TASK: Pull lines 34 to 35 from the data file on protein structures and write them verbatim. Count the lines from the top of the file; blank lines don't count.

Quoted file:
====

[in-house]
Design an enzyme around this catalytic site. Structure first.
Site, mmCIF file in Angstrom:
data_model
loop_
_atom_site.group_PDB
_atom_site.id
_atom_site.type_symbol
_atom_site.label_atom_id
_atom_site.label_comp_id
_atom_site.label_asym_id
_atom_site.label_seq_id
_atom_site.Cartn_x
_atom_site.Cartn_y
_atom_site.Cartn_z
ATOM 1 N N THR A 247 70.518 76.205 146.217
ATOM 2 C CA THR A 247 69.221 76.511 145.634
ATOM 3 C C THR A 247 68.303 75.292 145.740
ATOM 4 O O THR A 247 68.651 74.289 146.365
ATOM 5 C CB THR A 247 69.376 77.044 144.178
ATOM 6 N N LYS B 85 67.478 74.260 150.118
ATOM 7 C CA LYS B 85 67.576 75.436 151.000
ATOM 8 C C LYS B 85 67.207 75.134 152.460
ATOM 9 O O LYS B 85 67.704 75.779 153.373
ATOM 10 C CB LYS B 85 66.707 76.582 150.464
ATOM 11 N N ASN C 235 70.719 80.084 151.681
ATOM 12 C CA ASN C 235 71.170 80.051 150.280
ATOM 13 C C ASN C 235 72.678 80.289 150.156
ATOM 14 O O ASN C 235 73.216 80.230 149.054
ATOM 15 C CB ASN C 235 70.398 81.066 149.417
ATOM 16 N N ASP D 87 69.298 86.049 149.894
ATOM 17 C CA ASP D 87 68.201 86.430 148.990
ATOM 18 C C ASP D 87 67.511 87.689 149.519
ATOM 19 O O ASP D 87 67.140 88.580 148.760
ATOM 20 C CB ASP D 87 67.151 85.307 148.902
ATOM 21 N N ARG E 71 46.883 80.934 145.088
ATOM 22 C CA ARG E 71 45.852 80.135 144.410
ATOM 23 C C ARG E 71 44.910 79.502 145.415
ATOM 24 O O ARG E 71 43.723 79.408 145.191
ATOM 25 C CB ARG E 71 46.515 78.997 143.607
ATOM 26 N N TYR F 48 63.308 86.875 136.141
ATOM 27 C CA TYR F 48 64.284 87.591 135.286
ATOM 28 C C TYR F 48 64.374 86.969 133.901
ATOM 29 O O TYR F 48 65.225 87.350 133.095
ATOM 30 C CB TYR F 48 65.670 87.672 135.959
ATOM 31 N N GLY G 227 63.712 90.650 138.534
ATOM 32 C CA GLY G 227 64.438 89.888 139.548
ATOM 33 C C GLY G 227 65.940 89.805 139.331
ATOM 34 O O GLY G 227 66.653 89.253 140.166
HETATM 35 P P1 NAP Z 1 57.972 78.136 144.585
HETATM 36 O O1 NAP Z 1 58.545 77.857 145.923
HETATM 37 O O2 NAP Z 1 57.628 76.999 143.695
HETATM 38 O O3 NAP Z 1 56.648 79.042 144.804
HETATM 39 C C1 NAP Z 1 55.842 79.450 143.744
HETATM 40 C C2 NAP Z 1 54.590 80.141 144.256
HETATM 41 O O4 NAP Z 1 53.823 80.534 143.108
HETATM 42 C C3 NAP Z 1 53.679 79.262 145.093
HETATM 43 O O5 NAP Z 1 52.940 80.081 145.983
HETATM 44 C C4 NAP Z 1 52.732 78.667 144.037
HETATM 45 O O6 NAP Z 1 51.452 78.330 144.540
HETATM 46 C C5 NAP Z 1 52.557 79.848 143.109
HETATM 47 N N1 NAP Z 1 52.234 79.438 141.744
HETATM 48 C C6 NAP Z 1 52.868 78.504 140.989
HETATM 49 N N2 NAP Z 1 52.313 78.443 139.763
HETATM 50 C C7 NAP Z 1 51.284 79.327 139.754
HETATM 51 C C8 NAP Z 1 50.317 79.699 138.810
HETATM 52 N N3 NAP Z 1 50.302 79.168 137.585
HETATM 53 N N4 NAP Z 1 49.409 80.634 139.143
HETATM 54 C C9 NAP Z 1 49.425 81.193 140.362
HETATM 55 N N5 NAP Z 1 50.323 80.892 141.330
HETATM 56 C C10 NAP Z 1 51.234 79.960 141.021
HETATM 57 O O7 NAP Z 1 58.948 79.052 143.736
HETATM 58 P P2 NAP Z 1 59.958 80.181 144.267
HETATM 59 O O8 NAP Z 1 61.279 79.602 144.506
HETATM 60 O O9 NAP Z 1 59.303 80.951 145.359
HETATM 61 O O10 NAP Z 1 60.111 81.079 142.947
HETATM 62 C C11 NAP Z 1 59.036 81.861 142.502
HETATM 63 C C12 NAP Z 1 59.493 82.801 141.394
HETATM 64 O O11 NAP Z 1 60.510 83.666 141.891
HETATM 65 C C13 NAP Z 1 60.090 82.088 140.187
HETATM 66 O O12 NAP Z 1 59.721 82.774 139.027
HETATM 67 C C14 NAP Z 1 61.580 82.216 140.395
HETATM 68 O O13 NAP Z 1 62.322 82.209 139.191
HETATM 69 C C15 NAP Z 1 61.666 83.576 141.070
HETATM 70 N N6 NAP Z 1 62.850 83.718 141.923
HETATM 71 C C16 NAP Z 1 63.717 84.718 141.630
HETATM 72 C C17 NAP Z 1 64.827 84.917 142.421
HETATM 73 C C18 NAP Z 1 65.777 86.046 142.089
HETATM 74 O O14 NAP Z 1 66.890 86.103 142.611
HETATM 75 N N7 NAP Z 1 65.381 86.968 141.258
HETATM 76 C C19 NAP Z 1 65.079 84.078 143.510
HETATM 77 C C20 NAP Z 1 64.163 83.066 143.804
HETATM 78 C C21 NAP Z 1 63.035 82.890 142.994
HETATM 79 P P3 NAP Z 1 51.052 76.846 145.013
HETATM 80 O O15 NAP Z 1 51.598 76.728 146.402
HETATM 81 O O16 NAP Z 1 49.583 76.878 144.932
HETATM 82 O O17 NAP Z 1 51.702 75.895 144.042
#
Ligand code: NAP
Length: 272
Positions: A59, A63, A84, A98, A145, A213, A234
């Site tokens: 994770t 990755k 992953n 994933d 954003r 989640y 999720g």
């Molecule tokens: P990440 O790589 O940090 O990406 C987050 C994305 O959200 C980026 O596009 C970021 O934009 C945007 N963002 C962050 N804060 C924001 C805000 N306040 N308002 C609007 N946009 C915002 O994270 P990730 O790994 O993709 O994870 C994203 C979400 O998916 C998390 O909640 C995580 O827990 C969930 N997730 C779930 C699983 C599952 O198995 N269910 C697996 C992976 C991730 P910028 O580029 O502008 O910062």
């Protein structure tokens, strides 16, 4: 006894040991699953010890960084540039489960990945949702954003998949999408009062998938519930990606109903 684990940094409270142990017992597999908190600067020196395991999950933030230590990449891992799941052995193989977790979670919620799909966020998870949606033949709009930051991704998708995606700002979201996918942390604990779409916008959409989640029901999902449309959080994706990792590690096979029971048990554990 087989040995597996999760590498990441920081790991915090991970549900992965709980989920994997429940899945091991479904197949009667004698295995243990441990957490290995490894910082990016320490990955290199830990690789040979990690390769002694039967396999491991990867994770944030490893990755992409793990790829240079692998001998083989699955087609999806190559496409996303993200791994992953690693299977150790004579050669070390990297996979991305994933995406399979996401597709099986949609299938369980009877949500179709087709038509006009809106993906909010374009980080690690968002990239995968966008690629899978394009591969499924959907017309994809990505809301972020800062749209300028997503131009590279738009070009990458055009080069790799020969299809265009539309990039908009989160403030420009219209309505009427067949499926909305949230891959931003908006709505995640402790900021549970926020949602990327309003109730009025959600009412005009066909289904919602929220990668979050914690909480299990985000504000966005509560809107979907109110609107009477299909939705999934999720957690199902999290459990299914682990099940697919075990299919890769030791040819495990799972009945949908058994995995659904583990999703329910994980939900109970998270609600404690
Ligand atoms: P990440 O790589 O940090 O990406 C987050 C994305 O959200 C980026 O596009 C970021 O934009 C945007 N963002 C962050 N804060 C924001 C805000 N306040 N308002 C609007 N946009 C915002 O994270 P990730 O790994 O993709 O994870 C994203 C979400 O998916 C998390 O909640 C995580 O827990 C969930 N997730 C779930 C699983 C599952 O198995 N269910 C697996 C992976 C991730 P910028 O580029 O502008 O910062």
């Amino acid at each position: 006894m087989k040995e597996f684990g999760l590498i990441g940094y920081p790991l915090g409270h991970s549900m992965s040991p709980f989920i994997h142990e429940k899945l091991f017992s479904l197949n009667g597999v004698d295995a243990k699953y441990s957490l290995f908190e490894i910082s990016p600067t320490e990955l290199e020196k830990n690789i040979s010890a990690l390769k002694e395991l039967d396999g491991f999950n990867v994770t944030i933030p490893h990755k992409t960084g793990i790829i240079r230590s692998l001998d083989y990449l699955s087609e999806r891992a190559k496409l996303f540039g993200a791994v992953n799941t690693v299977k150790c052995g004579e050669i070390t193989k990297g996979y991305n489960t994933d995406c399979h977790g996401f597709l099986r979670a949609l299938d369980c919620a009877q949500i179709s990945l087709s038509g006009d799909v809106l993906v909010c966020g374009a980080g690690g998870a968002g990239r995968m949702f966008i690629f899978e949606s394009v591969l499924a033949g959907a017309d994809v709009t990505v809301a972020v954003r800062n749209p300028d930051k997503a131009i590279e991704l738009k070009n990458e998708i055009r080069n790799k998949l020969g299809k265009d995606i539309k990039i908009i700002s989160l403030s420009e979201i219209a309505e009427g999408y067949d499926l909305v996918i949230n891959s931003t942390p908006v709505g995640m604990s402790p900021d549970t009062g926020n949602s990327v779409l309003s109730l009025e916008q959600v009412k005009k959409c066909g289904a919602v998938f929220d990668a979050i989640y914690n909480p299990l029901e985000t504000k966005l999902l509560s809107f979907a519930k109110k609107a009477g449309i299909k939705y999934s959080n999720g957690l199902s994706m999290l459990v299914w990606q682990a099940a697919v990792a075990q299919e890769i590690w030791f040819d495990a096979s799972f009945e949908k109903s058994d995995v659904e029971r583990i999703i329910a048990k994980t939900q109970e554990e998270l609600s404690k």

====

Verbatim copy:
ATOM 19 O O ASP D 87 67.140 88.580 148.760
ATOM 20 C CB ASP D 87 67.151 85.307 148.902